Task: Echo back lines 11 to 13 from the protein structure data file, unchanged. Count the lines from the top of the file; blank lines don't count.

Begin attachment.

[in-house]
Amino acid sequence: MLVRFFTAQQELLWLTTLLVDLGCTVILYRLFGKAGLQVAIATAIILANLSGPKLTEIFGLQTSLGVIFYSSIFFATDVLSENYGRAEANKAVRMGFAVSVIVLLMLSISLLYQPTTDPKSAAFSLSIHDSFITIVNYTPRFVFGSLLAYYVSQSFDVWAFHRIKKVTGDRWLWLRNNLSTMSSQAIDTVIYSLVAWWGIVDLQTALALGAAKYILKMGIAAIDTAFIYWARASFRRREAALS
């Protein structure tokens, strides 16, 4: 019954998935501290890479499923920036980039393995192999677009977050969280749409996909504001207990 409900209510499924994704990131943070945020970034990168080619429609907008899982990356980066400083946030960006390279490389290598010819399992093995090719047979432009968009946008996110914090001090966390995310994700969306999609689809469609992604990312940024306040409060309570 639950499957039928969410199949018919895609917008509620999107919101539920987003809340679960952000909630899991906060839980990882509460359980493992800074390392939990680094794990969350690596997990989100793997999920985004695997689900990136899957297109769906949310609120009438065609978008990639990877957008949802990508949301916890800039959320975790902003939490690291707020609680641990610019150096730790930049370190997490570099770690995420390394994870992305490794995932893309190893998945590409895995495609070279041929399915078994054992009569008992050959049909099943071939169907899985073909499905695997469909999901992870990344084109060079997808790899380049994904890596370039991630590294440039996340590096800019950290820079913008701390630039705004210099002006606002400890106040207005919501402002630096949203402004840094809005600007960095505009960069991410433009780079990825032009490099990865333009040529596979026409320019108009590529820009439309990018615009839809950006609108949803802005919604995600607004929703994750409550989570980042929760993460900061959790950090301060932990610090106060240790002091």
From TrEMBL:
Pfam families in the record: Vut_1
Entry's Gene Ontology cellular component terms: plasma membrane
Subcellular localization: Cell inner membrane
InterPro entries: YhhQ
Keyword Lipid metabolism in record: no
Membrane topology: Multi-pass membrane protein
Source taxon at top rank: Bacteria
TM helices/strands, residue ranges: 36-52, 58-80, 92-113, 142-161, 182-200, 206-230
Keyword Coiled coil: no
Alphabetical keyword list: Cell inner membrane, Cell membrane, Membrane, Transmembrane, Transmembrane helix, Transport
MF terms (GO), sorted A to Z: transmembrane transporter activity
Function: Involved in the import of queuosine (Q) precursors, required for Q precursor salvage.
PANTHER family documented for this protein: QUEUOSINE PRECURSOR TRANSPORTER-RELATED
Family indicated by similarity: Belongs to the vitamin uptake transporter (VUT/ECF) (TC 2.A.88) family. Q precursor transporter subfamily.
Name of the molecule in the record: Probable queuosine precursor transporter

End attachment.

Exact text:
Source taxon at top rank: Bacteria
TM helices/strands, residue ranges: 36-52, 58-80, 92-113, 142-161, 182-200, 206-230
Keyword Coiled coil: no